Balance weight anchor set up: a review of current practice vs established theory

Auto tensioned contact systems typically employ a simple weight system with mechanical amplification (eg: pulley wheels) to apply a constant tension to the overhead conductors for the prescribed temperature range. The weight system should be designed to accommodate the expansion and contraction of the system resulting from temperature fluctuation. Balance weight setting ‘theory’ is typically a simple calculation governed by the geometry of the system, the conductor temperature at the time of setting and the material property of the conductor. Creep in the conductors also affects the geometry. Techniques to mitigate the effect are reviewed and appraised. The study researched current practice and identifies where installation methods are not delivering the intent of the theory. Setting methods are examined. Typically, ambient temperature is used by installers and maintainers as a convenient substitute for actual conductor temperature. The error this introduces is assessed, and a potential ‘rule of thumb’ is sought to allow this practice to continue. Compatibility of weight system design with other elements of system design (eg: anchor height) is reviewed and appraised. Seasonal adjustment of the weight system at particular locations is, anecdotally, known to be employed where anchor heights are thought to infringe the required travel of the weights. This practice is reviewed and discussed. This paper reconnects long established theory with present day practice. It offers improvements to current practice that ultimately reduce the risk of dewirement occurring in extreme temperatures.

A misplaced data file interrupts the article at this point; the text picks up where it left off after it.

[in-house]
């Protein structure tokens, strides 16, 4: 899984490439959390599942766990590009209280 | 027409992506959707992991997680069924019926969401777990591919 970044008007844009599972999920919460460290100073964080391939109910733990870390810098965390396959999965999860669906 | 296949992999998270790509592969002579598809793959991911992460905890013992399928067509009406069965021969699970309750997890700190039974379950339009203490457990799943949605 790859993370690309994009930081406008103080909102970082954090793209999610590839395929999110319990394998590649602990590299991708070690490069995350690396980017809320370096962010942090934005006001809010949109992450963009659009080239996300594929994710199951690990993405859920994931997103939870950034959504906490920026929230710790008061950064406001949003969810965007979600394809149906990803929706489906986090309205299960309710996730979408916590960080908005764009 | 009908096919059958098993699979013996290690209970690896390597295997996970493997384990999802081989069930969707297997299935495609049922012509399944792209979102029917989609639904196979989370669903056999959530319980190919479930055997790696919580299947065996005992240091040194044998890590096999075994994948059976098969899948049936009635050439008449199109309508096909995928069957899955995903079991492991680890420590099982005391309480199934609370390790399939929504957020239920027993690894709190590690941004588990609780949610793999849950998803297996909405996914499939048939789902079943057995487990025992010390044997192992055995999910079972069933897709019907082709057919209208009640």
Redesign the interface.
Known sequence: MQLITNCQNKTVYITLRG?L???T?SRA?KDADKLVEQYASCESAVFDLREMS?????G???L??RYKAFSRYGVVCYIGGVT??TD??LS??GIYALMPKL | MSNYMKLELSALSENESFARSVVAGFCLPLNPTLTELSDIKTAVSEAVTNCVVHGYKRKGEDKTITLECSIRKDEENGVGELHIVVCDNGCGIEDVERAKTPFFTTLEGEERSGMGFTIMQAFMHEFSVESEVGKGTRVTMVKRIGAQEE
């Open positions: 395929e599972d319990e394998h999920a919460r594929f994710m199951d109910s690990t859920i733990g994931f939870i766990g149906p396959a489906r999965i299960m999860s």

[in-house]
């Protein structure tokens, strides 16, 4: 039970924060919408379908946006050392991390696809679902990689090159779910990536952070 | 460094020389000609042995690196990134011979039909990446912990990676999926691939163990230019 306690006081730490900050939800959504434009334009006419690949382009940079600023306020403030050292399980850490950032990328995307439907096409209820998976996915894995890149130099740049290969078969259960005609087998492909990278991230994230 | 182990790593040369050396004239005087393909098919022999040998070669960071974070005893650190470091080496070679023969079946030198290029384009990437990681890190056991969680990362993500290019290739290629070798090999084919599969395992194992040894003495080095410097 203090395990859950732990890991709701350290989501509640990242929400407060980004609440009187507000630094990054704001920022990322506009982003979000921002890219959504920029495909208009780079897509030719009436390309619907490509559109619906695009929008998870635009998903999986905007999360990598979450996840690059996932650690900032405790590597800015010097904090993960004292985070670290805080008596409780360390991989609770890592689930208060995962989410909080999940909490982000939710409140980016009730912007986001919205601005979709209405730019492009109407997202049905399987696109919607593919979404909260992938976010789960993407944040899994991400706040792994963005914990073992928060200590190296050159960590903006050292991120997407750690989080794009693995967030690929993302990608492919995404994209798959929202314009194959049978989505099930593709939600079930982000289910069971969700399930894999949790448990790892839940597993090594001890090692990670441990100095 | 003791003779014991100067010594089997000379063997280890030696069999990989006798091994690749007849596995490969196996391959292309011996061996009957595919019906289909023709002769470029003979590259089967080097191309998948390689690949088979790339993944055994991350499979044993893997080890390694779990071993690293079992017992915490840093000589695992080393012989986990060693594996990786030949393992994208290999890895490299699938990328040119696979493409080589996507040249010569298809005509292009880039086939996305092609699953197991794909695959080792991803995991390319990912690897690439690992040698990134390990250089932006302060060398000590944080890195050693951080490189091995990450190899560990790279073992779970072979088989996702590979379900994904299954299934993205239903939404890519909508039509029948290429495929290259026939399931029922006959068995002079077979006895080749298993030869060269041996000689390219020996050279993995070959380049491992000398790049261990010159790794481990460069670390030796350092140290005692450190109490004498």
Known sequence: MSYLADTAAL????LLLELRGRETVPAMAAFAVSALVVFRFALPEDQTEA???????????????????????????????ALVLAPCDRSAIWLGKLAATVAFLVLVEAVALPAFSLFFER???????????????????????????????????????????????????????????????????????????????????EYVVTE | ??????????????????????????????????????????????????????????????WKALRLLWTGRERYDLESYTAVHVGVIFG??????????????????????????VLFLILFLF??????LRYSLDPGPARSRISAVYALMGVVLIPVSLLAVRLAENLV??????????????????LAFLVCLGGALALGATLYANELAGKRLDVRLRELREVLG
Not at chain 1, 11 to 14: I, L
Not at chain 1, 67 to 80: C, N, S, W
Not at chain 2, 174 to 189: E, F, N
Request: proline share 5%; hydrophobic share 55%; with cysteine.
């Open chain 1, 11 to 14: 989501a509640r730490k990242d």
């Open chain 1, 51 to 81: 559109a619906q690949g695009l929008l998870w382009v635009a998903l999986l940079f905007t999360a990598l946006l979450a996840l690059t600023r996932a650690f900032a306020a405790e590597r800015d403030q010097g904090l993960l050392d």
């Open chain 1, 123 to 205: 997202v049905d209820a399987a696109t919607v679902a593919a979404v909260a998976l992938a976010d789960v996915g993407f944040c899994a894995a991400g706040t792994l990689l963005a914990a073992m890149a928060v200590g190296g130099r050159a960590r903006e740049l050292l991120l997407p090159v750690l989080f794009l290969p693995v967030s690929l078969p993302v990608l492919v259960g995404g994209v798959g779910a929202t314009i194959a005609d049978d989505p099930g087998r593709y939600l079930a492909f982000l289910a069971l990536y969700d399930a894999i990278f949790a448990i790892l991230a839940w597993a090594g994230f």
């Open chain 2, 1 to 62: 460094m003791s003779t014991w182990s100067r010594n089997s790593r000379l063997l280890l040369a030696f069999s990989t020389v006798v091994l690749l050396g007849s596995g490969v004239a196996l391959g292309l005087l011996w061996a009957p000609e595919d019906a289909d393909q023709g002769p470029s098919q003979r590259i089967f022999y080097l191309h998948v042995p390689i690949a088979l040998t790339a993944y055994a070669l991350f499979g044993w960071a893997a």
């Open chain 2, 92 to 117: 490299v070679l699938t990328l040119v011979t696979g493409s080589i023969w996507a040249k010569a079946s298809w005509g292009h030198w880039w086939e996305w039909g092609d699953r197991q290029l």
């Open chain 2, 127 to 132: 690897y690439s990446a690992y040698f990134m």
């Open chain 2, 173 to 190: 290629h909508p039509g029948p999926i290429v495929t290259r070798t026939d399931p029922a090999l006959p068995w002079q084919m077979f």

Media Info

  • Pagination: 10p. ; PDF
  • Monograph Title: Maintaining the momentum: CORE 2016: conference on railway excellence, 16-18 May 2016, Melbourne, Victoria, Australia

Subject/Index Terms

Filing Info

  • Accession Number: 01636842
  • Record Type: Publication
  • Source Agency: ARRB
  • Files: ATRI
  • Created Date: May 30 2017 3:28PM